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College Savers Risk Missing Out on This Valuable Tool

Maurie Backman, The Motley Fool

With the cost of attending college going nowhere but up, many U.S. families are struggling to pay for their kids' higher education. As such, students are often forced to resort to loans, and then carry loads of debt with them for years following graduation.

A big part of the problem stems from Americans' inability to prioritize college savings. According to financial services firm Edward Jones, 36% of parents with children under the age of 18 do not set aside any money for future education expenses.

Glass jar with coins labeled "College"

Image source: Getty Images.

But it's not just that parents aren't saving; it's that they're not saving efficiently. An estimated 67% of Americans don't know what a 529 plan is, reports Edward Jones. This lack of knowledge is leading parents to favor other college savings strategies, such as socking money away in the bank, pursuing federal financial aid, or falling back on private student loans. And in doing so, they're missing out on a world of tax savings.

The tax benefits of using a 529

Many people shy away from 529 plans because they've never heard of them, don't understand how they work, or find them too restrictive. But the reality is that 529s are an effective college savings tool that more people would be wise to capitalize on.

A 529 is a tax-advantaged savings plan offered by almost every state for education purposes. Back in the day, these plans were reserved for higher education only, but recent changes to the tax code expanded their use to cover K-12 tuition expenses, too.

When you contribute money to a 529 plan, you don't get an immediate tax break on that sum. However, once that money is in your account, you get to invest it for additional growth. The gains you enjoy on that money are then yours to keep tax-free as long as you use your 529 funds for educational purposes. This means that if you contribute a total of $30,000 to your 529 over time, but your investments allow that sum to double, you won't pay taxes on your $30,000 in gains if you use that money for qualified education expenses. Furthermore, while there's no tax break at the federal level for funding a 529, some states offer tax incentives for contributing to one.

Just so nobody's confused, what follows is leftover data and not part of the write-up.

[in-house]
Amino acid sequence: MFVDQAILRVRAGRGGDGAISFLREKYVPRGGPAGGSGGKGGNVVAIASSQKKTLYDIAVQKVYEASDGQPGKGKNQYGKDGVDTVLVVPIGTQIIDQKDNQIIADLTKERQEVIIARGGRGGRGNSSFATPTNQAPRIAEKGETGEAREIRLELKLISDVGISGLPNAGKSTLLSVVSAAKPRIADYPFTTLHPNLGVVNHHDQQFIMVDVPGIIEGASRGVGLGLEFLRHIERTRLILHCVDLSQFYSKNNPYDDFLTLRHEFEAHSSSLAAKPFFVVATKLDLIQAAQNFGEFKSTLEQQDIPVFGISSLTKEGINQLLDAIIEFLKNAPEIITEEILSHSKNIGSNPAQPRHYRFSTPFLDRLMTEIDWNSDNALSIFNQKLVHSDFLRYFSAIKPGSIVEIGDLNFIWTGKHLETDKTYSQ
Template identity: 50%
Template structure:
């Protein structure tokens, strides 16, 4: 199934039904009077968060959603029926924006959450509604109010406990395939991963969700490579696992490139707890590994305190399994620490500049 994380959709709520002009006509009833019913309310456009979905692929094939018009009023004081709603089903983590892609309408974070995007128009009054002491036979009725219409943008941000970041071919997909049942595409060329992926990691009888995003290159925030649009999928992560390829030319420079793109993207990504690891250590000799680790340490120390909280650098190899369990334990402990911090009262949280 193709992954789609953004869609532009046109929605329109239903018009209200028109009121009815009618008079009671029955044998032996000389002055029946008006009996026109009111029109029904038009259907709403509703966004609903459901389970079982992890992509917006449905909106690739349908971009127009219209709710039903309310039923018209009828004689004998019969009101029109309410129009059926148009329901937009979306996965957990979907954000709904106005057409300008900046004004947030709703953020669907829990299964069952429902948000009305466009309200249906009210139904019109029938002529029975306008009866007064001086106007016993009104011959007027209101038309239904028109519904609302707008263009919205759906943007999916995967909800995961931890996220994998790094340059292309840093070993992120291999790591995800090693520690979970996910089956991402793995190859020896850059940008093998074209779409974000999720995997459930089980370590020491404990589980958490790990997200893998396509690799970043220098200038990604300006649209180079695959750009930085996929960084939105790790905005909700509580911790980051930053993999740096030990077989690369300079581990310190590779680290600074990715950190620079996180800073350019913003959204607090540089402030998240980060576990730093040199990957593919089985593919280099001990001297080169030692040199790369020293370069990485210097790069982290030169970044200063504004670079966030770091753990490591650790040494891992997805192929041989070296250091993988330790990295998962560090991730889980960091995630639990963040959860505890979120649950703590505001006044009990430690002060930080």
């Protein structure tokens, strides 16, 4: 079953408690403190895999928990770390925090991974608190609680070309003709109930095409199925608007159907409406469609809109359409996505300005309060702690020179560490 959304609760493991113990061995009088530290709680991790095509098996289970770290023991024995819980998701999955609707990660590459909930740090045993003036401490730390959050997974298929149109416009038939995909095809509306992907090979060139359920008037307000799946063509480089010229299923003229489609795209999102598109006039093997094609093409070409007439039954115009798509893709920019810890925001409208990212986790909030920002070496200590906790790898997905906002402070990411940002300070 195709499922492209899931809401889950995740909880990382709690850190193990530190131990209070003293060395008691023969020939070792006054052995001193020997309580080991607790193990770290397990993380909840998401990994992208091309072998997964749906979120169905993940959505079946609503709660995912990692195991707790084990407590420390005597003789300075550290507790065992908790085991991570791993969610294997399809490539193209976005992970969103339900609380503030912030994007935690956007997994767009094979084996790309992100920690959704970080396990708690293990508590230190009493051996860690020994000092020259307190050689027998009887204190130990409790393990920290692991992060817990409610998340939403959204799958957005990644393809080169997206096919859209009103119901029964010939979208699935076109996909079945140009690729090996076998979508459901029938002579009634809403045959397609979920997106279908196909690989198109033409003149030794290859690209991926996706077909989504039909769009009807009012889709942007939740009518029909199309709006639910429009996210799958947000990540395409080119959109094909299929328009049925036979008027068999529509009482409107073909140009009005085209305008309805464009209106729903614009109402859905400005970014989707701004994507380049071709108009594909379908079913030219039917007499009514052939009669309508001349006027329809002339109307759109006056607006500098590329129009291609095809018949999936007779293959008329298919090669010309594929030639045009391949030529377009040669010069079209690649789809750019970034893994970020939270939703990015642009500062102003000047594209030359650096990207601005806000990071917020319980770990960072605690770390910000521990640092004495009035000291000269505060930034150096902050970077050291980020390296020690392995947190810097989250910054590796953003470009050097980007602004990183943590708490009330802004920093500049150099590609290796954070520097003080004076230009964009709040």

Are 529s too restrictive?

Some people who know about 529s stay away from them because they feel they're too limiting. It's a valid concern. When you save in a bank account or traditional brokerage account, that money is yours to use for whatever purpose you please. If you fund a 529 and wind up using the money for noneducational purposes, you'll face a 10% penalty on the sum you remove from your plan. But that penalty will only apply to the gains portion of your account -- not your principal contributions.

Additionally, 529s are fairly flexible in that they allow you to swap beneficiaries as needed. This means that if you fund a 529 for your oldest child's education, but that child doesn't end up going to college, you can designate a sibling as a beneficiary. And if that doesn't work, you can hang onto those funds and reserve them for grandchildren or other family members.

Just as important, there are no income limits associated with 529 plans; you can fund one regardless of how much you earn. Similarly, there are no age restrictions or limits for accessing funds from a 529. It doesn't matter if your child decides to go to college at age 40 -- that money is still on the table.

Of course, 529 plans aren't perfect. Some charge high fees and offer limited investment choices. The good news, however, is that you're not limited to your home state's plan, which means you can pick the one that best works for you.

Let's face it: College is becoming a more expensive prospect by the day. If you're going to save for it, it pays to consider putting some money into a 529. And if you're not planning to save for college at all, you may want to rethink that plan. Otherwise, your child might graduate with a pile of debt that takes years to get rid of.

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